I feel sorry for anyone that has never seen a plant with 20% THC, and I do mean dry weight. I have been testing Cannabis for over 25 years now and I can assure you, you are wrong! I use or have used both GC/FID, GC/MS, HPLC, HPLC/MS, as well as various qualitative TLC systems including one we designed and built ourselves. I understand the difference between qualitative and quantitative, I understand if a test result is repeatable reproducible or not, and if the results are the same at your lab and several leading experienced Cannabis labs others have run worldwide for decades. Not for testing by the public. How many years have you been testing Cannabis? What methodology? Is it your years of experience that led you to this conclusion that there is no Cannabis with 20% THC?
Sure THC % can be express as dry weight of a manicured bud, what the smoker would smoke, That is how we normally did it. Or as the % in a wet plant, unmanicured. Or as a % of the total Cannabinoids in a plant wet or dry, manicured or not.That said, almost all test for dry weight, manicured bud.
Headspace SorptionThe fragrance concentration problem presented by direct headspace sampling is eliminated in headspace sorption by the accumulative trapping of volatiles over a time period onto an adsorbant. Headspace sorption is undoubtedly the most efficient technique for collecting volatiles from flowers, especially those which release only small amounts. It is also the principal method that has been used for pollen odors. The popularity of headspace sorption lies in the efficacy of volatile collection, the reliable and accurate representation of actual volatile emissions, and the relative ease of applicability in both laboratory and field.
Licensed Producer’s under Canada’s MMPR regulations are required to test potency, and label two Cannabinoids: THC and Cannabidiol. However, the methodology for measuring the presence of these Cannabinoids, and the resulting consequences for patients and medical practioners are not widely understood.The methodologies involve the use of two different instruments.HPLC (Liquid Chromotography) and GC (Gas Chromotography)Gas Chromotography measures the Cannabinoids *after* combustion, while liquid chromotography measures the actual amount of Cannabinoids in the product that is received by the patient. Liquid chromatography is able to detect all forms of the cannabinoids, whether in acid or neutral form. Whereas in gas chromatography the sample must pass through a high temperature inlet which will decarboxylate the acid forms to their neutral state. The conversion is variable from instrument to instrument and method to method and therefore can result in discrepancies in the results from the true values.With CBD vaporization, there are concerns about the percentage of the product which is actually delivered to the patients. A study from October 2014 published by the University of Woolongong and co-authored by Arno Hazencamp of Bedrocan B.V. indicates that a substantially lower % of CBD is delivered at 210C vs 230C, and yet many commercial vaporizers, such as popular and portable PAX Ploom, has a maximum temperature setting of 210C.Dr. Jeff Raber, from the WercShop has argued for years, that GC testing of potency, should never be used, particularly with edibles because of gross inaccuracyWhile others such as Green Leaf Labs in Oregon have argued that GC is the preferable method for testing:Health Canada currently permits potency testing under both methods and Licensed Producers are using both methods. In fact, a recent recall at Peace Naturals involved the use of an HPLC at Peace Naturals and an audit at Health Canada using GC.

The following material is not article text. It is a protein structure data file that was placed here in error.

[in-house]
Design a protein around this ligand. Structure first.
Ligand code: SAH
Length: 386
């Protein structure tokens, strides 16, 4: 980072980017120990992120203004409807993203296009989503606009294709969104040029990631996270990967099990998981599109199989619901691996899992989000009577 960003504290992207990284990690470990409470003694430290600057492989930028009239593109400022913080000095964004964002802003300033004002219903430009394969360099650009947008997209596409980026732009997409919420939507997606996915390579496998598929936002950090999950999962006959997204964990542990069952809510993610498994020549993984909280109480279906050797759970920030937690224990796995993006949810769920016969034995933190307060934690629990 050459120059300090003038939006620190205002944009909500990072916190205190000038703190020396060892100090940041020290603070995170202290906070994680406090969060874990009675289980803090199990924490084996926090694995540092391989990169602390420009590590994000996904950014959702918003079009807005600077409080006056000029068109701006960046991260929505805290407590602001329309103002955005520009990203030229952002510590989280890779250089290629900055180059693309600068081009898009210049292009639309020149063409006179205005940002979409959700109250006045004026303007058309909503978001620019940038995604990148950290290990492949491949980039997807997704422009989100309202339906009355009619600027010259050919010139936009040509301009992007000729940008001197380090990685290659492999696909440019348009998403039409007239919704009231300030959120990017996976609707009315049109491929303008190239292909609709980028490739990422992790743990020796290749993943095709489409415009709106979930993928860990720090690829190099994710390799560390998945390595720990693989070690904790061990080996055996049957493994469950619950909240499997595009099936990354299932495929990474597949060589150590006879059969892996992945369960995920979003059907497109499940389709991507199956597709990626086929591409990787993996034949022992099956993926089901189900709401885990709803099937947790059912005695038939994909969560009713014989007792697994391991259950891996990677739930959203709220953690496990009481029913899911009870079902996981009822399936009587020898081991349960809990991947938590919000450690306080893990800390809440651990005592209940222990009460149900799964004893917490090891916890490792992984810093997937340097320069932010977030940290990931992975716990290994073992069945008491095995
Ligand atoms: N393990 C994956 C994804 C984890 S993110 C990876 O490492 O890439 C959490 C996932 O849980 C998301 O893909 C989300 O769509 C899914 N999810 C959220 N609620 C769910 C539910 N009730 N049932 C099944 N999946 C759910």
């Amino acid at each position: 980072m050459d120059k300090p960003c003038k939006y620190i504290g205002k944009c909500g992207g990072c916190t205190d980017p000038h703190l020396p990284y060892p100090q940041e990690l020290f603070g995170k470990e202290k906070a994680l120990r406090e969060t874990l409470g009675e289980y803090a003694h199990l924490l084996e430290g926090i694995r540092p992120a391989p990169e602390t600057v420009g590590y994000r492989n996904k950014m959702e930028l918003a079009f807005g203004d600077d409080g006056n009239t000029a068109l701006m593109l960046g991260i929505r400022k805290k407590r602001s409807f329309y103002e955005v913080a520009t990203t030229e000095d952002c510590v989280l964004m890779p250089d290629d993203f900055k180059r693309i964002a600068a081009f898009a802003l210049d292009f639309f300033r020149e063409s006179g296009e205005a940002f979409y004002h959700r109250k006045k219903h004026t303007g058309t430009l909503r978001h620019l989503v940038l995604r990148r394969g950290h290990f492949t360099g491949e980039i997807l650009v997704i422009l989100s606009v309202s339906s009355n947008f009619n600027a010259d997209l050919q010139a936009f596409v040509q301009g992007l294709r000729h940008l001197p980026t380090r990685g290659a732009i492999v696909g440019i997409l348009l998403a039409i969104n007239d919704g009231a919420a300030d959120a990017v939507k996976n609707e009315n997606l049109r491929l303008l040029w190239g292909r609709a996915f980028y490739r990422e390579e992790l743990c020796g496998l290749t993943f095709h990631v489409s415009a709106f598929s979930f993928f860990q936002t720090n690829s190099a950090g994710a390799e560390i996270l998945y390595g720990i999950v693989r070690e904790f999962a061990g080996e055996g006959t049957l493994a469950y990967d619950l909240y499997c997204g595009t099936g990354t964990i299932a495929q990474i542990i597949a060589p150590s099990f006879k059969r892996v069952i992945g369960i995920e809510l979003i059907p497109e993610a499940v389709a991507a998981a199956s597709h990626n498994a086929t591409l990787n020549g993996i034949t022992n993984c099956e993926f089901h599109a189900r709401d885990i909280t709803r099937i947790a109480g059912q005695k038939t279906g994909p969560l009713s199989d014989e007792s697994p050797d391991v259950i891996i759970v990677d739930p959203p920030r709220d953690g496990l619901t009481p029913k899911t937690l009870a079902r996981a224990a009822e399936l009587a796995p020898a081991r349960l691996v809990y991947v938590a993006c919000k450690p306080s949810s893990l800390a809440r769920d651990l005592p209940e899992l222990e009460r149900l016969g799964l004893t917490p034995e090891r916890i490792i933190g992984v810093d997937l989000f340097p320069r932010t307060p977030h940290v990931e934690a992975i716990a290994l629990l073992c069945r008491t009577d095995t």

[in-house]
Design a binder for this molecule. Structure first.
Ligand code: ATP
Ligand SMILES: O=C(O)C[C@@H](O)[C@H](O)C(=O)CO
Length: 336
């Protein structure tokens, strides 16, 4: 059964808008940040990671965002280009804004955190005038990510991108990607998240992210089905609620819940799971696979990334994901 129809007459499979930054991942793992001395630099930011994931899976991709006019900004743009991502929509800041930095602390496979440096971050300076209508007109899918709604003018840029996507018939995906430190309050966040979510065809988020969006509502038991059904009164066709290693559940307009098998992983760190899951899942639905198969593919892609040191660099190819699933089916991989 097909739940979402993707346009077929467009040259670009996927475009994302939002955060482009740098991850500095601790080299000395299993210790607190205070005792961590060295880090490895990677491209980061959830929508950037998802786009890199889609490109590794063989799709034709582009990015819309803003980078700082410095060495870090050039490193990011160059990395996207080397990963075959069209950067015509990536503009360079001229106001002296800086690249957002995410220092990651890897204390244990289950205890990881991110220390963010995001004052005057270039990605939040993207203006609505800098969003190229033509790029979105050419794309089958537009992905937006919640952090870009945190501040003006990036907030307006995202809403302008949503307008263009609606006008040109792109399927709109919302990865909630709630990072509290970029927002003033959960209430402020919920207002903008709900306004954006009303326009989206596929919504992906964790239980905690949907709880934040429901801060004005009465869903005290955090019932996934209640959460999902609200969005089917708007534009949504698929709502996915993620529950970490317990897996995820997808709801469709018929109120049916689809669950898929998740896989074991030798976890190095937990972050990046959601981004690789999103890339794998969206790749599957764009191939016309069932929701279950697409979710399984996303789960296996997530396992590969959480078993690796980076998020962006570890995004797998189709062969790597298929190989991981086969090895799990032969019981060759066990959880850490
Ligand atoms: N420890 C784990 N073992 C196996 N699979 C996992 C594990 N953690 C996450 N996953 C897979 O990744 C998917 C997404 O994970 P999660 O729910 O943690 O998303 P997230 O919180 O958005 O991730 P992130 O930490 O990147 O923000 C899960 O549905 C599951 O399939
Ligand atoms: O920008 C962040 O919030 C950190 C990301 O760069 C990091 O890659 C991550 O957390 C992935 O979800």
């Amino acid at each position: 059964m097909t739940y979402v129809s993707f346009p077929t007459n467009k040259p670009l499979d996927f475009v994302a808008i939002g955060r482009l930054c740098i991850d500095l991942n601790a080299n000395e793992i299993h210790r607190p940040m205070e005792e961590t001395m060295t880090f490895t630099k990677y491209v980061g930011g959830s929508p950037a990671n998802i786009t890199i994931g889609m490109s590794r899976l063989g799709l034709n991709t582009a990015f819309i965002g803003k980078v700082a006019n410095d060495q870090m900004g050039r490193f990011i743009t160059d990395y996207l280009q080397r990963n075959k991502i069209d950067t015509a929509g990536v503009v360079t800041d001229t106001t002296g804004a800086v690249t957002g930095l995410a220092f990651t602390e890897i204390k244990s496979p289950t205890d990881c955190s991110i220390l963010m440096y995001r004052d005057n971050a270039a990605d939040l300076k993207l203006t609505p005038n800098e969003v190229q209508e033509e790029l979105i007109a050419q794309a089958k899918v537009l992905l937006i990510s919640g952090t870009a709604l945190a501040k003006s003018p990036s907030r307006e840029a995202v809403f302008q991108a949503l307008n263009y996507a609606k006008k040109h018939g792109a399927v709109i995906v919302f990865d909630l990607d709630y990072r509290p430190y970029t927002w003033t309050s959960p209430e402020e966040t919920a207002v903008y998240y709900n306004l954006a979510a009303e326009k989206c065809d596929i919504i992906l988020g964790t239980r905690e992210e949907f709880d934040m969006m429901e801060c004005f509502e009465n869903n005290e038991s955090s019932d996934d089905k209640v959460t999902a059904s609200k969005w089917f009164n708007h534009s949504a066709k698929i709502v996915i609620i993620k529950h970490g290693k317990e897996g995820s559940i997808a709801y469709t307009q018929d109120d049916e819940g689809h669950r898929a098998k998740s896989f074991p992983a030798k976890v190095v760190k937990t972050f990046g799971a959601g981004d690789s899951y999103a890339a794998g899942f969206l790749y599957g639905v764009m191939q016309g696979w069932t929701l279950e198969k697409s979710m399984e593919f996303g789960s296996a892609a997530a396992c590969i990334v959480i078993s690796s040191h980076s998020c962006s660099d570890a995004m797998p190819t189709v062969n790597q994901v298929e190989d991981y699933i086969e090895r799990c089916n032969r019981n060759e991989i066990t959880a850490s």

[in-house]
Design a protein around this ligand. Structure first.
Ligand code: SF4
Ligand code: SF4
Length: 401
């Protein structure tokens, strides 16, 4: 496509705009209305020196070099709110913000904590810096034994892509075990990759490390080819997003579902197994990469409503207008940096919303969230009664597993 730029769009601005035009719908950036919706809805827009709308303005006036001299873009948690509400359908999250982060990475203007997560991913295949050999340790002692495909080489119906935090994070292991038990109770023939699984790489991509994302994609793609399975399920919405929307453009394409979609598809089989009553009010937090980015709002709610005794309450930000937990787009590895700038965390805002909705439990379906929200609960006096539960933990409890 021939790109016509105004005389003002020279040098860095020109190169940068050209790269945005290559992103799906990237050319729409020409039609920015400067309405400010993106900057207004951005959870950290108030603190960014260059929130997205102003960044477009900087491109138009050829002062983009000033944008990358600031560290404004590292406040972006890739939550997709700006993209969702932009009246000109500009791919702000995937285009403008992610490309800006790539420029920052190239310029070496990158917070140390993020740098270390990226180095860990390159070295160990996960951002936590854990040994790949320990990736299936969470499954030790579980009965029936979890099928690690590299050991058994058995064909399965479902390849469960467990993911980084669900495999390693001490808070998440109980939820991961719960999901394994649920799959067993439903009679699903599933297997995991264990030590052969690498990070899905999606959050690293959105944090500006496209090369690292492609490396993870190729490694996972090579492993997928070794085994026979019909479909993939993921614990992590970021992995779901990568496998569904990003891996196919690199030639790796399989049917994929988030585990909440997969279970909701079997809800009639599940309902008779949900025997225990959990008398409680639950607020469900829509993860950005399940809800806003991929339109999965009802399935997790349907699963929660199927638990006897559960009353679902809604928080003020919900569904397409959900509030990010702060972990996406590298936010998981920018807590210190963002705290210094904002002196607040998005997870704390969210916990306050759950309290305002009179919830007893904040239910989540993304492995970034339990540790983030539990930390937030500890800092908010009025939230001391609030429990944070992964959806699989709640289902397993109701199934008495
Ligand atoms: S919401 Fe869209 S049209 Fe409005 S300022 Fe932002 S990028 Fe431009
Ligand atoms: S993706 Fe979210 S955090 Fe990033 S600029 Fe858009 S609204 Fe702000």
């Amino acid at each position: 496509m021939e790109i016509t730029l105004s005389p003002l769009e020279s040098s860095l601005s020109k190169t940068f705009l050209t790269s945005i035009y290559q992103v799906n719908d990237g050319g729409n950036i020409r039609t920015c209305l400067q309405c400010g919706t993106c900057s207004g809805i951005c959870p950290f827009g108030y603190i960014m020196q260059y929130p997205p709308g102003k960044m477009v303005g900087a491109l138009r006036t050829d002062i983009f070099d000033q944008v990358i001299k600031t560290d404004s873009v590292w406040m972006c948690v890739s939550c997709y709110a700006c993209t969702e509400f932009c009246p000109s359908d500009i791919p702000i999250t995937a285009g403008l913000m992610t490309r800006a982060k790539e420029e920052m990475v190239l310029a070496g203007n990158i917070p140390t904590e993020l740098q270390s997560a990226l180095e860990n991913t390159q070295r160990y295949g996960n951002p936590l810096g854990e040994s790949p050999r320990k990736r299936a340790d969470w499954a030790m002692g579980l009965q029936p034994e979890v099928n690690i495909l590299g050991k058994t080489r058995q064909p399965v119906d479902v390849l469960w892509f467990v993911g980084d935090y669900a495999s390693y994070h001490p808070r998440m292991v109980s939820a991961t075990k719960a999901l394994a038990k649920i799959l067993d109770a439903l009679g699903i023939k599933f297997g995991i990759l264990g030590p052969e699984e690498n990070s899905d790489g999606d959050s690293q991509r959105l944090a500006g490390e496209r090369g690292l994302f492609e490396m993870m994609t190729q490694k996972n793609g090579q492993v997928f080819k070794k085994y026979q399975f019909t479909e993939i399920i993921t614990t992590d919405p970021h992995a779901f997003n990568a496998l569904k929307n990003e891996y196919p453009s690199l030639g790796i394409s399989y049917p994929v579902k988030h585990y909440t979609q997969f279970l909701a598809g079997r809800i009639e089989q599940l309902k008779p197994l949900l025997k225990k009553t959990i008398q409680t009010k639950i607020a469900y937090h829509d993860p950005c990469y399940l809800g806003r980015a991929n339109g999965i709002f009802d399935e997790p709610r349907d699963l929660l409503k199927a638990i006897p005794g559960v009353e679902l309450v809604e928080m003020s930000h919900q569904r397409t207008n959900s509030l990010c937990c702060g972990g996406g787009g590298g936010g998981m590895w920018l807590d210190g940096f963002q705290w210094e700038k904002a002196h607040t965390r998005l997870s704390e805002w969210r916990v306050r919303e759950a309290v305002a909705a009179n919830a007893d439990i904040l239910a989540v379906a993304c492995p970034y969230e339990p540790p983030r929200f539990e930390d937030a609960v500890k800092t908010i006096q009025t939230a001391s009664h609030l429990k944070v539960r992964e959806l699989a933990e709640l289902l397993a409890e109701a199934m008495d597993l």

Determination of Cannabinoids, Terpenes, and Moisture in Cannabis Buds by Mid-Infrared FTIR Spectroscopy
J Agric Food Chem. 2015 Oct 7Attenuated Total Reflectance-Fourier Transform Infrared Spectroscopy on Intact Dried Leaves of Sage (Salvia officinalis L.): Accelerated Chemotaxonomic Discrimination and Analysis of Essential Oil Composition.AbstractSage (Salvia officinalis L.) is cultivated worldwide for its aromatic leaves, which are used as herbal spice, and for phytopharmaceutical applications. Fast analytical strategies for essential oil analysis, performed directly on plant material, would reduce the delay between sampling and analytical results. This would enhance product quality by improving technical control of cultivation. The attenuated total reflectance-Fourier transform infrared spectroscopy (ATR-FTIR) method described here provides a reliable calibration model for quantification of essential oil components [EOCs; R(2) = 0.96; root-mean-square error of cross-validation (RMSECV) = 0.249 mL 100 g(-1) of dry matter (DM); and range = 1.115-5.280 mL 100 g(-1) of DM] and main constituents [e.g., α-thujone/β-thujone; R(2) = 0.97/0.86; RMSECV = 0.0581/0.0856 mL 100 g(-1) of DM; and range = 0.010-1.252/0.005-0.893 mL 100 g(-1) of DM] directly on dried intact leaves of sage. Except for drying, no further sample preparation is required for ATR-FTIR, and the measurement time of less than 5 min per sample contrasts with the most common alternative of hydrodistillation followed by gas chromatography analysis, which can take several hours per sample.